Rwandan inspiration

Last week I attended a basket making workshop and met some inspirational women. The Nyamirambo Women’s Centre in Kigali, Rwanda, was started in 2007 when group of 18 women, mostly single mothers, in the neighbourhood of Nyamirabo, came together to create better lives for themselves and their families. Their goal was to address gender based violence, inequality and discrimination. With some support from a Slovenian Peace Institute, the Swiss A Tree for Rwanda, the Rwandan government, and private individuals, these amazing women have created nothing short of a miracle. Their Centre conducts free courses, geared towards women at risk, in literacy, English, computer skills and sewing; an outreach program in hair dressing is scheduled to start soon. Their line of home décor, clothing and souvenir items, made by their graduates, is lovely, and they offer walking tours, basket making and cooking classes for tourists. There is a library with books in three languages. The Centre is an embodiment of the positivity, and sense of community. of the amazing country of Rwanda.

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I do not have a future in basket making, but I had a fun morning making this sisal necklace, with lots of help. The fabric cord is braided strips of 1cm wide fabric, which are twisted (like knitting yarn) as they are braided, to prevent ravelling.

Here are a couple handmade cards and the shopping bag from there. Did you know plastic shopping bags are illegal in Rwanda?

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And for those scrap lovers among you… Look at these treasures I discovered in the market. They are made from circles of fabric wrapped yoyo fashion around beer caps, which are then attached to each other where they touch. They looked a lot like EPP hexies to me. Trendy or what?

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And then there’s this necklace. Talk about something from nothing! Can’t wait to wear it.

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Of course there was fabric. None of it is made in Rwanda, but it is certainly worn there, by stunning women in lovely dresses. I bought myself a couple of 6 yard lengths. I have no idea what I’ll do with it, but until I decide, I can admire the striking colours and patterns.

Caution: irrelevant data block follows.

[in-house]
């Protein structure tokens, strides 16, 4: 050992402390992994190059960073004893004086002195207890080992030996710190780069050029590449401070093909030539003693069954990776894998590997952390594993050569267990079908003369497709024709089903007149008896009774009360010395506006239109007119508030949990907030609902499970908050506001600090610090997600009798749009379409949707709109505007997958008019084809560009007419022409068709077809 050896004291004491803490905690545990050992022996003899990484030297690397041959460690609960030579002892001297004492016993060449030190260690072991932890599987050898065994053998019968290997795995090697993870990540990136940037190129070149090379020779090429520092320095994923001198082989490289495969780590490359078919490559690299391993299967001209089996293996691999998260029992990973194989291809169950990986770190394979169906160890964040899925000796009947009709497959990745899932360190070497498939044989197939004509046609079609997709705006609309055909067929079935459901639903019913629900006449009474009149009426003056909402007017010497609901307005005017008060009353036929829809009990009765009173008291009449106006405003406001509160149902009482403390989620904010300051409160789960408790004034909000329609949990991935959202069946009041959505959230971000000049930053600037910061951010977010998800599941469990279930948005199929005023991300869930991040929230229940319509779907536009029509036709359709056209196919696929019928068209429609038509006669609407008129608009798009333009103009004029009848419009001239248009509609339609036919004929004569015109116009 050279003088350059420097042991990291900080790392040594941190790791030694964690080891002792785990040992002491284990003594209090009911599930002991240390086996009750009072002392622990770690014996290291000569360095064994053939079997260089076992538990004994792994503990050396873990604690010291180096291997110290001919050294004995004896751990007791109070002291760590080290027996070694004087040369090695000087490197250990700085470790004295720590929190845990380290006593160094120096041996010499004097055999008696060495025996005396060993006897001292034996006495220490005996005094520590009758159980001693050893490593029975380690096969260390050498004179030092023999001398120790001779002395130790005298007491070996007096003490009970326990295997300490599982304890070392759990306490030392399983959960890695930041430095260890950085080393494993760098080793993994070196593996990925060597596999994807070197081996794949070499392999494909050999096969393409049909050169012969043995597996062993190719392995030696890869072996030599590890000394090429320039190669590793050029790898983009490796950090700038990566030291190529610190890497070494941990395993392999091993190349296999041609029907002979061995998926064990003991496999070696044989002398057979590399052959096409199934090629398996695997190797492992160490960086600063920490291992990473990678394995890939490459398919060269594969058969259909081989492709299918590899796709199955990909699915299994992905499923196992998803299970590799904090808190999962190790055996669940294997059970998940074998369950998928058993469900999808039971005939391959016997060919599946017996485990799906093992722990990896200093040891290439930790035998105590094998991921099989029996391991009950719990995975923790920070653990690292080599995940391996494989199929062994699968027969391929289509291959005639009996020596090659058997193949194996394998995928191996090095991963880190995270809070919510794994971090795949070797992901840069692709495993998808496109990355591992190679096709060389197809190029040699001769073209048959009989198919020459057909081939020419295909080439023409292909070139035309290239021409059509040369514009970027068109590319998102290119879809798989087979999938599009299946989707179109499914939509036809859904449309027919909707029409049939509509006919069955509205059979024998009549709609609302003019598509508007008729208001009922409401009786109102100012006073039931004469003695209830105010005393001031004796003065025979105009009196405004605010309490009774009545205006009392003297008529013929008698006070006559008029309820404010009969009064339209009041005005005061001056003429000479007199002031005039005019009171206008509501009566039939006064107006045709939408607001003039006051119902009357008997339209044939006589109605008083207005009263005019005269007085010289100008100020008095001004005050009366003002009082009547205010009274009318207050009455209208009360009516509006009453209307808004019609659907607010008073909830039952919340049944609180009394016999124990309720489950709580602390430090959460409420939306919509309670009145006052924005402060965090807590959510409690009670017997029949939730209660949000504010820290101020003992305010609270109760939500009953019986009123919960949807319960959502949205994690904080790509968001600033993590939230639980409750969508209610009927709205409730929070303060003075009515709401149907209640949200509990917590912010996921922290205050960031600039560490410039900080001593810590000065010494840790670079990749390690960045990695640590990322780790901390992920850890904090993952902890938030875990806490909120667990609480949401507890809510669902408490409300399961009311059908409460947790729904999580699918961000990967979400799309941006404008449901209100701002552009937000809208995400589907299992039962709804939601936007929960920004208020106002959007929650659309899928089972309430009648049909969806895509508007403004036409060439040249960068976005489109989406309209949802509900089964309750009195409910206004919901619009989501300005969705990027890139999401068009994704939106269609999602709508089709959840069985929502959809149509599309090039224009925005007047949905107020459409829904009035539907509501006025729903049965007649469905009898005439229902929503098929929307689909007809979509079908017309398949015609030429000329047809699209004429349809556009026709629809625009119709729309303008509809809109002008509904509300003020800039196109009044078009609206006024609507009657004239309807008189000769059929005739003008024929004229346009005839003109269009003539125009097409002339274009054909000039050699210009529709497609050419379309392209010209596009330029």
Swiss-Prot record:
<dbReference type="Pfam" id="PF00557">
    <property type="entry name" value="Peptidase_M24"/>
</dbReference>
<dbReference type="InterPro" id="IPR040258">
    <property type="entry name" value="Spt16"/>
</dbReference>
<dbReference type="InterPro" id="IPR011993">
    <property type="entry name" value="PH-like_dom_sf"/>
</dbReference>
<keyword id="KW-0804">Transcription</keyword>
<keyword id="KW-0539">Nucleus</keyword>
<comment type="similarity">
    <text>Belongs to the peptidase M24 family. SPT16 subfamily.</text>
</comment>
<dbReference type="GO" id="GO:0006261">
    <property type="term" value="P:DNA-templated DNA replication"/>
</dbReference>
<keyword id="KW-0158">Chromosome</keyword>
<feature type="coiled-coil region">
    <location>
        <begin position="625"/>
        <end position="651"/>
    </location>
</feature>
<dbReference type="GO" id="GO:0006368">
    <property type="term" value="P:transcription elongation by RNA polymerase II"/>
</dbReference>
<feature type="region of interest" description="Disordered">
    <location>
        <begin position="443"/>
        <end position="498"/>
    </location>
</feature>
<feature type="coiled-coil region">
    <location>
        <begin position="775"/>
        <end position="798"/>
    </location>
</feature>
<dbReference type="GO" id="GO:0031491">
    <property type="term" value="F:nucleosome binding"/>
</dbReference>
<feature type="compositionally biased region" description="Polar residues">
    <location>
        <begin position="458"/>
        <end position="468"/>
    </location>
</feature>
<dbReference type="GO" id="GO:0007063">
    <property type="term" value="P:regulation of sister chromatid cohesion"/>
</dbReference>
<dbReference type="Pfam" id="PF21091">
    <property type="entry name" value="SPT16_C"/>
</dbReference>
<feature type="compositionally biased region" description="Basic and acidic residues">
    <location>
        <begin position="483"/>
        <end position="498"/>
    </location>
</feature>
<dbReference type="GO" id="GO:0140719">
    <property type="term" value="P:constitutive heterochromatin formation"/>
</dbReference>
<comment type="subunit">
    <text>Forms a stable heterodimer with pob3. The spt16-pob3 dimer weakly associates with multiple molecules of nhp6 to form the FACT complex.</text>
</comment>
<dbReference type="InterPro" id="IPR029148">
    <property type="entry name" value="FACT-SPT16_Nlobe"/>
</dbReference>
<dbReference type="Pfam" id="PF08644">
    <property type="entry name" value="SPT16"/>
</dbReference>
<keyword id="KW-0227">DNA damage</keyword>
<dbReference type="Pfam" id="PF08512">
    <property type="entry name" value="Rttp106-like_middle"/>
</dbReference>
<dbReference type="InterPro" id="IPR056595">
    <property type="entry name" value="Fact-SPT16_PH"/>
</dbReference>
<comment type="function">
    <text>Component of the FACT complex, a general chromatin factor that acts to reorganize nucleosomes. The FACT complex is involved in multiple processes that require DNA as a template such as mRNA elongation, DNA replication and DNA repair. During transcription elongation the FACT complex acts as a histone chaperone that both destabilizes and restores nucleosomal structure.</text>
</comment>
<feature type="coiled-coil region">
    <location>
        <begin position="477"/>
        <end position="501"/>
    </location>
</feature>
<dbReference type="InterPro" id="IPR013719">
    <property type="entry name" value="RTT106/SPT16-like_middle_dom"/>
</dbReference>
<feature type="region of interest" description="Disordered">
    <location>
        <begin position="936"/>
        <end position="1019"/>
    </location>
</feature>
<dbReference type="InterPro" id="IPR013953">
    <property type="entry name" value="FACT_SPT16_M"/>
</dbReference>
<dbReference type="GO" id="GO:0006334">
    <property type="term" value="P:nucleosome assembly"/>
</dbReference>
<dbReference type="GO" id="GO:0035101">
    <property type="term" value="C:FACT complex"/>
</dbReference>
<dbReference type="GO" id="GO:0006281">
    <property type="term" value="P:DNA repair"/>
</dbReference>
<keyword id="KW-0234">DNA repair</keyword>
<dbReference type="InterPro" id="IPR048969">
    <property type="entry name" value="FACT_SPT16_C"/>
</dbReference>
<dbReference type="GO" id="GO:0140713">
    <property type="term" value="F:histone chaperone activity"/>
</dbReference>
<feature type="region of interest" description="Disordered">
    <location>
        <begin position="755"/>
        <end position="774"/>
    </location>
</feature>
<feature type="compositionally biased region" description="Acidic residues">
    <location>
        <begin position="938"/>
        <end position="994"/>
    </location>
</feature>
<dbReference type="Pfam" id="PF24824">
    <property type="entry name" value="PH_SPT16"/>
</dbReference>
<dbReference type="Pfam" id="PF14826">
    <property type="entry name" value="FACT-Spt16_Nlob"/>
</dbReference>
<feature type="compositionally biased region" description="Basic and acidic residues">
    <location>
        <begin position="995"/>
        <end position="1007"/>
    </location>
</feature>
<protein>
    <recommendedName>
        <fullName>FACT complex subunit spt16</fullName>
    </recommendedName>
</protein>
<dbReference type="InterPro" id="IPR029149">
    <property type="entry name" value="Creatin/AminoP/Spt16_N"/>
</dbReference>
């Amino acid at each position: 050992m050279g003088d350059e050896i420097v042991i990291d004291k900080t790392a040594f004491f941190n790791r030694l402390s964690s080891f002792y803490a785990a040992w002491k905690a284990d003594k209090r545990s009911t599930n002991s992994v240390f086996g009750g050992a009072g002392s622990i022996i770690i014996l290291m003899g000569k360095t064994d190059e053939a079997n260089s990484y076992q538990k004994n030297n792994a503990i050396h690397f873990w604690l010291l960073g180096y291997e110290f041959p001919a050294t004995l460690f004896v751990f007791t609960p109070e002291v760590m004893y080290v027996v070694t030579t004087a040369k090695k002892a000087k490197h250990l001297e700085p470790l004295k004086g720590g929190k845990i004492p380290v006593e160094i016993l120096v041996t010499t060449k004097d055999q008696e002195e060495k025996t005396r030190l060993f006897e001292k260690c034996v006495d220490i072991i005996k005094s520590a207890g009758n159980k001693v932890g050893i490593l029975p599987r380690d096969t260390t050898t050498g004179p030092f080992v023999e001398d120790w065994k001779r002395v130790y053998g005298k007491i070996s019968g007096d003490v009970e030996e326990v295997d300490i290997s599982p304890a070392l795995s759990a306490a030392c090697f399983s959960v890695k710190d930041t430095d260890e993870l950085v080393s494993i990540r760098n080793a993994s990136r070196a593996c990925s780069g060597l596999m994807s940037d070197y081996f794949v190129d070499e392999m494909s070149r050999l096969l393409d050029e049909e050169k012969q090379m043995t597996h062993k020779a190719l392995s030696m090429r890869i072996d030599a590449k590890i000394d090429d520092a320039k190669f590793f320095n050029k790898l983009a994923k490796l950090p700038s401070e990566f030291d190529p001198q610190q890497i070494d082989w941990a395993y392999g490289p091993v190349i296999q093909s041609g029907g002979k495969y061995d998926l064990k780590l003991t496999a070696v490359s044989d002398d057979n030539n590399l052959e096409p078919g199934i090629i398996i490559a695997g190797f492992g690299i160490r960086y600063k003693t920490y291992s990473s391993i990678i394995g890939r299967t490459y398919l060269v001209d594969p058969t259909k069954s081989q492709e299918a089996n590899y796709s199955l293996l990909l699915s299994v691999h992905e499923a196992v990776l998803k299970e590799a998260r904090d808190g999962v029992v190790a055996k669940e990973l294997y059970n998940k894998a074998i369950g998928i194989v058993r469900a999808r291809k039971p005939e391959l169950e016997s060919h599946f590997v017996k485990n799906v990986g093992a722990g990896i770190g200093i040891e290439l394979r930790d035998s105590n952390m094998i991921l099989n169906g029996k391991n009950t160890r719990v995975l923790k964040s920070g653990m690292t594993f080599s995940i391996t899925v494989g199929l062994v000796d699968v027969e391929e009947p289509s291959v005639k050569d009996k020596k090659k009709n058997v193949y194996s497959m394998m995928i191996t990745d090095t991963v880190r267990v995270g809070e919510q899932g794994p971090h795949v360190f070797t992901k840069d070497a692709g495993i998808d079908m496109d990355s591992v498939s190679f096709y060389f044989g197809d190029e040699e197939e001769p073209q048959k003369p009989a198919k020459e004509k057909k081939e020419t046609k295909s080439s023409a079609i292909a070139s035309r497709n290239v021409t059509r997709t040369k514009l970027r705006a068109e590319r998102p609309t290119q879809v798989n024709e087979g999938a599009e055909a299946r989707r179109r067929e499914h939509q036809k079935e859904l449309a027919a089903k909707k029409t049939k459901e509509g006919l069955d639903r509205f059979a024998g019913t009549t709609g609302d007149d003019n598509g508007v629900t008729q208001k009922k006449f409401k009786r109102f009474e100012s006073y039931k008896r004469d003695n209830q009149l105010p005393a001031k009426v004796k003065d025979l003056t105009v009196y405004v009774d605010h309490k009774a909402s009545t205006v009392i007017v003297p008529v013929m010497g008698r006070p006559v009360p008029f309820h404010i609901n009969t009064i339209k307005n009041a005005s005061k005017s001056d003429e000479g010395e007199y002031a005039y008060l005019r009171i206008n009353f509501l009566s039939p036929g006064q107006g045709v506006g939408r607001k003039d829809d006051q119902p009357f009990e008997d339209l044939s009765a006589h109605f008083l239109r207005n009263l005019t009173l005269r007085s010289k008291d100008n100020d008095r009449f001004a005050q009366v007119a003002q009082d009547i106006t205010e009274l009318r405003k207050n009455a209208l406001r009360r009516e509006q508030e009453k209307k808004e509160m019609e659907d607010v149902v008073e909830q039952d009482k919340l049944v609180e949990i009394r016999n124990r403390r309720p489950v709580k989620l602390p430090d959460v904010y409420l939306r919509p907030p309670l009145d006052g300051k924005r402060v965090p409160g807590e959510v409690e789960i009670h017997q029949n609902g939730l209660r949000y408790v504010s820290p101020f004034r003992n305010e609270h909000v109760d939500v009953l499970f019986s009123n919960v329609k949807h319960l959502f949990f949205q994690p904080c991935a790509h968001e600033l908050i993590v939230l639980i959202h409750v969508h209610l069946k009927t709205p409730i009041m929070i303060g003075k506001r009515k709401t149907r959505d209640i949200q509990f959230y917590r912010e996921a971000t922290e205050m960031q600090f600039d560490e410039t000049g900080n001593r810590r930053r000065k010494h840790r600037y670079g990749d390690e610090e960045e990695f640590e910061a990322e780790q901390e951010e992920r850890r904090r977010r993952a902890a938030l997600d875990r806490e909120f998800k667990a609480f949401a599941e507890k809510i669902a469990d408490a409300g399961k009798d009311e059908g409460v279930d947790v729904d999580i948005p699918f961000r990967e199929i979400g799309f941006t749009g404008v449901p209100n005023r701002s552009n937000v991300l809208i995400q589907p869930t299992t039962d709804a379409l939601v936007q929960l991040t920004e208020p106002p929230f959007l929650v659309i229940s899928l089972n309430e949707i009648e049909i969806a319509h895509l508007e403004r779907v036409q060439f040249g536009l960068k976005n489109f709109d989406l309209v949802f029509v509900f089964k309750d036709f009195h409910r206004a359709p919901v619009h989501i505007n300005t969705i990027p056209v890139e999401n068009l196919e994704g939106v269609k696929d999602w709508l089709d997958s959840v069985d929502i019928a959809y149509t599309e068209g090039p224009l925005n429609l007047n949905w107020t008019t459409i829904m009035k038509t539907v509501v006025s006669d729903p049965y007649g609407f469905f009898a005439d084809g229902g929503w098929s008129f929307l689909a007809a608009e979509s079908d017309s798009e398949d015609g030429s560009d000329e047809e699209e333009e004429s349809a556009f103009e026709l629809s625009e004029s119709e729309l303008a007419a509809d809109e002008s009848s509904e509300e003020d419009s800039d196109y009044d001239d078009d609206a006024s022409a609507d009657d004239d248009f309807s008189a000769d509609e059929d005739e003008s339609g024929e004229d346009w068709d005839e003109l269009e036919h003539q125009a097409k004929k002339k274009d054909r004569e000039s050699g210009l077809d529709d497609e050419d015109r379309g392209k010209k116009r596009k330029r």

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Now that I’m home, I need to get cracking on projects related to my daughter’s May wedding. No more lazing about like this.

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Happy Easter. Enjoy that chocolate, however you come by it.

Progress on the Shimmer

This is Shimmer in her present state. She’s almost off the PHD list.
29177464_10213782279645761_428994982930546688_nYou may have read my Quiltcon at Home with the saga of the backing for this quilt. I am happy to report that I’m now pleased the original back was flawed. The pieced back didn’t cause me too much thread breakage grief, and that I love the initials. I hope the newly weds will be charmed by them too, when they get the quilt in September.29104056_10213782305606410_7539180957681582080_nI struggled with the quilting. My tension wasn’t great for the first third of the quilt, despite having done a trial sample. The lines were fine, but the swirls were plagued with eyelashes. And there were tucks. I was ready to take the whole thing and pitch it. I left it for a week. Then I put on my big girl pants and went to work. I adjusted the tension, and checked and checked again. And kept going, thinking all the while that I could applique some pictures to cover up those tucks. When it was done, I rolled back to the beginning and picked out the worst of the eyelashes, and redid those bits of quilting.

Yesterday I pulled it off the frame and dumped it on a bed. Oh my goodness, it’s OK. The tucks don’t scream at you, and the bits with questionable tension will do. 29179051_10213782279405755_7867688081141268480_n